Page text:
Dear Mr Greengrass,
I’m writing again, even though I never got a response to my last letter. Not that I necessarily expected one – you’re a busy man, what with last year’s United 93 which critics and viewers adored – but after the criticism that followed The Bourne Supremacy one might have thought you’d have reconsidered a little this time around. Or they’d have hired a new director. I’d never have thought I’d be stifling nausea through another of your films three years on.
There is much potential in the character of Jason Bourne, and you’re obviously fond of him. The amnesiac killer with a conscience, on a journey of self discovery and revenge… what’s not to like? Who wouldn’t enjoy watching his travels around Europe (seemingly unbothered by passport control), all the while offing any random bad guys who cross his path and forever coming up with just one more lead to follow straight back (of course) to his former controllers in the CIA? Super viewing, and his fighting skills make him a winning leading man to be sure.
I wonder, though, if you had time to consider my suggestions after your last Bourne movie? I was a little narky, I admit, but I don’t think my criticisms were out of line and I’d kinda hoped you might have adapted your style a little more for Bourne Mk III. Sure, there are those (myself included) who applauded your direction of Bloody Sunday, and thought the handheld camerawork and snappy editing encouraged a ‘documentary feel’ that truly added to its immersiveness. I even own a copy on DVD, although I bought it ex-rental, sorry. Alfonso Cuarón used similar techniques to stunning effect in Children of Men, so perhaps you might feel unfairly singled out when reading responses to your latest handheld abomination.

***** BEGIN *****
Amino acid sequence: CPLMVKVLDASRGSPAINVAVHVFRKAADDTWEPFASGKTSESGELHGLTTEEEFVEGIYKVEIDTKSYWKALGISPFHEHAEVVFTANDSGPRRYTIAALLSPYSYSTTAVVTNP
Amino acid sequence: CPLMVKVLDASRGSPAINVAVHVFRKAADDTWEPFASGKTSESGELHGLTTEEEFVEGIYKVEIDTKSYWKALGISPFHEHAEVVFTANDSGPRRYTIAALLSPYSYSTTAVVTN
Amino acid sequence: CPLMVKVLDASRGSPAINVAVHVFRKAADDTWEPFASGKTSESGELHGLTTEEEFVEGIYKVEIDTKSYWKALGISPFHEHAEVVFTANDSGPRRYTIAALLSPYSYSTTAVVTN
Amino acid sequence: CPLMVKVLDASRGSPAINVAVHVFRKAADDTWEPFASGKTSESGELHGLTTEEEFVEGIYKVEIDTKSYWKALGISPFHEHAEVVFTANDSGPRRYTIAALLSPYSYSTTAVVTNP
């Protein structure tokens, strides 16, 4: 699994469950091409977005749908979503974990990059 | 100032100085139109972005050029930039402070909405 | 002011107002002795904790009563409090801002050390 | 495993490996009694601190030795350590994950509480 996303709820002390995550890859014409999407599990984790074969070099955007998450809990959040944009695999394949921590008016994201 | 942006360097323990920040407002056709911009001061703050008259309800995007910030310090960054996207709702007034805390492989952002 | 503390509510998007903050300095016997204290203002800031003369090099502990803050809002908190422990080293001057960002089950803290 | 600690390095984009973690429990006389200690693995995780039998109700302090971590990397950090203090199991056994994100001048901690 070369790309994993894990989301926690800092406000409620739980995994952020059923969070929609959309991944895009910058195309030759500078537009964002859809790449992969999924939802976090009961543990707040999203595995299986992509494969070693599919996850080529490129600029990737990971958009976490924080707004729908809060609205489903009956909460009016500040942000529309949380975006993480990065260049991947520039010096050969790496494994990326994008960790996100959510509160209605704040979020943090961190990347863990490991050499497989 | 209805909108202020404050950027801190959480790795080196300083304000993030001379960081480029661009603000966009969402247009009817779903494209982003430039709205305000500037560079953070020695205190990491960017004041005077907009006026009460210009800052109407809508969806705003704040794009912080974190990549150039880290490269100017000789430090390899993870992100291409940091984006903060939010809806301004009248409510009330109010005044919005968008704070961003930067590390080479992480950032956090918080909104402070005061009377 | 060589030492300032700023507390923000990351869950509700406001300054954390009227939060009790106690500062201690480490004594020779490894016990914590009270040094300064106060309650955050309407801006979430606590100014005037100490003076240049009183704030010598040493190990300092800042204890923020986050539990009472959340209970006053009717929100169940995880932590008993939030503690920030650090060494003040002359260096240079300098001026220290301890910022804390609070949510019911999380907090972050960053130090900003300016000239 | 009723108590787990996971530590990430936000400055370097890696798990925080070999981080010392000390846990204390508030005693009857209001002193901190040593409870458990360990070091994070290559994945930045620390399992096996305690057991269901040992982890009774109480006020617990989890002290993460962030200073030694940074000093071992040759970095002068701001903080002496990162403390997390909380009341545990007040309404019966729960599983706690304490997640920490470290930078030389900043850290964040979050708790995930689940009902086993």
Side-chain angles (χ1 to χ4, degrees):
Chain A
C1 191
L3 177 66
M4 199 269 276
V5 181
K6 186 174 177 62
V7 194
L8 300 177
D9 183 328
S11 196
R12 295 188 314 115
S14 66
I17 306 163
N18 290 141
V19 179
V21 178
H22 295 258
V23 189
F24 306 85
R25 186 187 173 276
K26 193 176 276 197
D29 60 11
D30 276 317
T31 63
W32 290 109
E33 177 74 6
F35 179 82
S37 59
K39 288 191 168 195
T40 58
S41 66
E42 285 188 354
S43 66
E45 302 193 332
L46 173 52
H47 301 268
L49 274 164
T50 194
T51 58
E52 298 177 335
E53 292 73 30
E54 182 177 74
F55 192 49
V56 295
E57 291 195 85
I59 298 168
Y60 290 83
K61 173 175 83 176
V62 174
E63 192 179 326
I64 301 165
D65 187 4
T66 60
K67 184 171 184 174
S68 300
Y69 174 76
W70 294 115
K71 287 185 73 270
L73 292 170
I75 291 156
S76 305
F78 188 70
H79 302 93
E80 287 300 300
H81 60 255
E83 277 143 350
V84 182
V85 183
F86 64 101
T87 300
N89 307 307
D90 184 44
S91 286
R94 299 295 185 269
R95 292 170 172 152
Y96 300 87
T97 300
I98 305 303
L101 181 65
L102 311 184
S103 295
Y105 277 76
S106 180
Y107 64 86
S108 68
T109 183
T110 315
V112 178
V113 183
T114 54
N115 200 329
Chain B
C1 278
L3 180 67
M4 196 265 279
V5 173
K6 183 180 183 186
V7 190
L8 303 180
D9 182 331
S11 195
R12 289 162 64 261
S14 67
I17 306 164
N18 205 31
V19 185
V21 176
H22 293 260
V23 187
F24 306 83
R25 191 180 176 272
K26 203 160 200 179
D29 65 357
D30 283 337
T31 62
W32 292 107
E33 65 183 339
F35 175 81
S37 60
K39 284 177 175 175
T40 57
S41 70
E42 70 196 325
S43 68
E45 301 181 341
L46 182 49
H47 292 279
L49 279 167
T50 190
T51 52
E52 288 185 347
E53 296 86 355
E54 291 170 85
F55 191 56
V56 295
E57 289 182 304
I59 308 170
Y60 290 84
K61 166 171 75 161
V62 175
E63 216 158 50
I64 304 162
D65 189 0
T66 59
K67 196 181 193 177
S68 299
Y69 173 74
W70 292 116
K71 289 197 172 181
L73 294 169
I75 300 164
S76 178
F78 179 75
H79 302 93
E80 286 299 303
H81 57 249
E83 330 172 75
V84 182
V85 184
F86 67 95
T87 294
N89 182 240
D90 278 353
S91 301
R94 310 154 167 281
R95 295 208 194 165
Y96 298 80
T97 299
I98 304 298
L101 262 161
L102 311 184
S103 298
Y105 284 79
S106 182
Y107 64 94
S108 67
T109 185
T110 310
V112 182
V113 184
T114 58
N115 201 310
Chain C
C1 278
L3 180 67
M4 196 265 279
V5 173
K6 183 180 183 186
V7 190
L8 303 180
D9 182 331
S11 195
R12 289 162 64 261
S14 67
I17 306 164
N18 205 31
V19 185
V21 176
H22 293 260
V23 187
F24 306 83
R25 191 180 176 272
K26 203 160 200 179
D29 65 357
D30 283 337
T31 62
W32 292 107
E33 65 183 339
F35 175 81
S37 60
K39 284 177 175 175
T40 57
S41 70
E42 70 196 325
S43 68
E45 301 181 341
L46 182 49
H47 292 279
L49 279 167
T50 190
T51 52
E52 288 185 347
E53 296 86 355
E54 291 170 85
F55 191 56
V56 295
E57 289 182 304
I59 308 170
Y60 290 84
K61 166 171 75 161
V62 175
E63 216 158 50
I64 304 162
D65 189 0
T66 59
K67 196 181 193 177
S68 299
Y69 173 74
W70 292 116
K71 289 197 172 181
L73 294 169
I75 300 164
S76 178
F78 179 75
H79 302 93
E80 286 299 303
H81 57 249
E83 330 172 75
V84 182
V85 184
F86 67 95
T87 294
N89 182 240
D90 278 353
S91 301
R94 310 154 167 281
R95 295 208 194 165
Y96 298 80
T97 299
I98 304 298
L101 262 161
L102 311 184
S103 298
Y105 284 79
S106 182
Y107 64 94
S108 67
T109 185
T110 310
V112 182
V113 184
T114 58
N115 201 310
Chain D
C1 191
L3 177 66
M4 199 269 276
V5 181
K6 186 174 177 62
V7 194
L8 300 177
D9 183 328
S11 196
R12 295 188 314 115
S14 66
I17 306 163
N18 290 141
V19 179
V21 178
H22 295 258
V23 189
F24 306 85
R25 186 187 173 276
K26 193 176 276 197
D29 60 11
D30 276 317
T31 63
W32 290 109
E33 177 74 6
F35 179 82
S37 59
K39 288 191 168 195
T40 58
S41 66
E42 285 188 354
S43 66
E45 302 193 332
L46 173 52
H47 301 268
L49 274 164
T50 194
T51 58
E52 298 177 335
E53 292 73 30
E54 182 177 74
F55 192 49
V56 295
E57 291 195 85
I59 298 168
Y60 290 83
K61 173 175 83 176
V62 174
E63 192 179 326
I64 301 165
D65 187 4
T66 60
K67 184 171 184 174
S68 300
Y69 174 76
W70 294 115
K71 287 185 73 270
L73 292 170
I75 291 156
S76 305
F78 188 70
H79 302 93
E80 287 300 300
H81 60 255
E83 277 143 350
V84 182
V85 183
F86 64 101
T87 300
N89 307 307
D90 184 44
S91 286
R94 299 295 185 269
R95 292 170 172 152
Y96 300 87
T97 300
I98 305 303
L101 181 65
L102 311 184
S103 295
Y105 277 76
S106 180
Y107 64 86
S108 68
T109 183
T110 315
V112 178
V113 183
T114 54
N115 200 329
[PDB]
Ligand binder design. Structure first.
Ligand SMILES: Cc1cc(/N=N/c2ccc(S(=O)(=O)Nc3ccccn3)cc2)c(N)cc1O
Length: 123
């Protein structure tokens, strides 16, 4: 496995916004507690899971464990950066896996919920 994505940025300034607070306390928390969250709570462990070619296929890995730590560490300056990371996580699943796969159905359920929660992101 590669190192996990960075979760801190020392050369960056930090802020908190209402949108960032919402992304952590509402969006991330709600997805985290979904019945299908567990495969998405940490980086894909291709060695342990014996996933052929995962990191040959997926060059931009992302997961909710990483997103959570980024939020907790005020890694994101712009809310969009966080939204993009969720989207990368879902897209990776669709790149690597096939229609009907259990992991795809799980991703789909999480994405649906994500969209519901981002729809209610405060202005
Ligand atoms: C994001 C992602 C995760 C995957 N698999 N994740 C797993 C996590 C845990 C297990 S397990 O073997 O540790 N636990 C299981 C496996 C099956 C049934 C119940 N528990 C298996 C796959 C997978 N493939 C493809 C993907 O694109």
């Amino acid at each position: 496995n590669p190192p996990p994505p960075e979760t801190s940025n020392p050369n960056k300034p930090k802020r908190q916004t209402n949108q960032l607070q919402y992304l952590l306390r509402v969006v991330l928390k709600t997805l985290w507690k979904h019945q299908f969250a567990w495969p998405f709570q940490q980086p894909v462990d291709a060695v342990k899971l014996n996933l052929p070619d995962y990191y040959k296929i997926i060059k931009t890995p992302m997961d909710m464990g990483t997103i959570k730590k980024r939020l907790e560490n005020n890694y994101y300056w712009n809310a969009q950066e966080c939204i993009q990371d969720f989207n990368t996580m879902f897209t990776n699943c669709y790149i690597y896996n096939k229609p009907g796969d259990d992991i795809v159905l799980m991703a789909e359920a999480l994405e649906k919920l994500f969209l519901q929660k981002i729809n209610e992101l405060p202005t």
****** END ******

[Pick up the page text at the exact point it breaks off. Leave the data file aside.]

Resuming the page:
It’s not that the underlying story doesn’t have the potential to be a first rate spy thriller – it’s really that your insistence on the cinematographic techniques you so clearly love inhibits the audience’s ability to actually see your creation. Bourne is rarely in focus, certainly not for more than a second or so, and his fight scenes are so rapidly edited and poorly framed as to be unwatchable. I’m not the first to wonder what it is you don’t want us to see.
In addition to the ‘visual style’, your use of flashback as exposition is clumsy and overbearing. If Bourne spent half as much time thinking about his past as you suggest, we’d be done already as an assassin would have killed him in one of his out-of-body periods. Important plot points are reiterated – just in case we didn’t get it the first time – and this retreading of ground already covered makes the 111 minutes running time seem far longer. Finally, there are several major recurring characters in this film, and yet you assume your audience will have seen the past two and give new viewers no character data at all. Some may wonder who these people are, and others will just blithely watch without ever knowing the rich history they and Bourne share. I wonder if they will enjoy it, though, as trying to keep up with the lack of introductions may distract them from attempting to follow your visuals.
It’s not that I don’t think you’ve got it in you, Mr Greengrass, it’s just that I’d love to see what you work so hard (and spend so much money) to create. As things stand, I spend most of my time suppressing my gag reflex and trying to stop the vertigo. Enough is enough.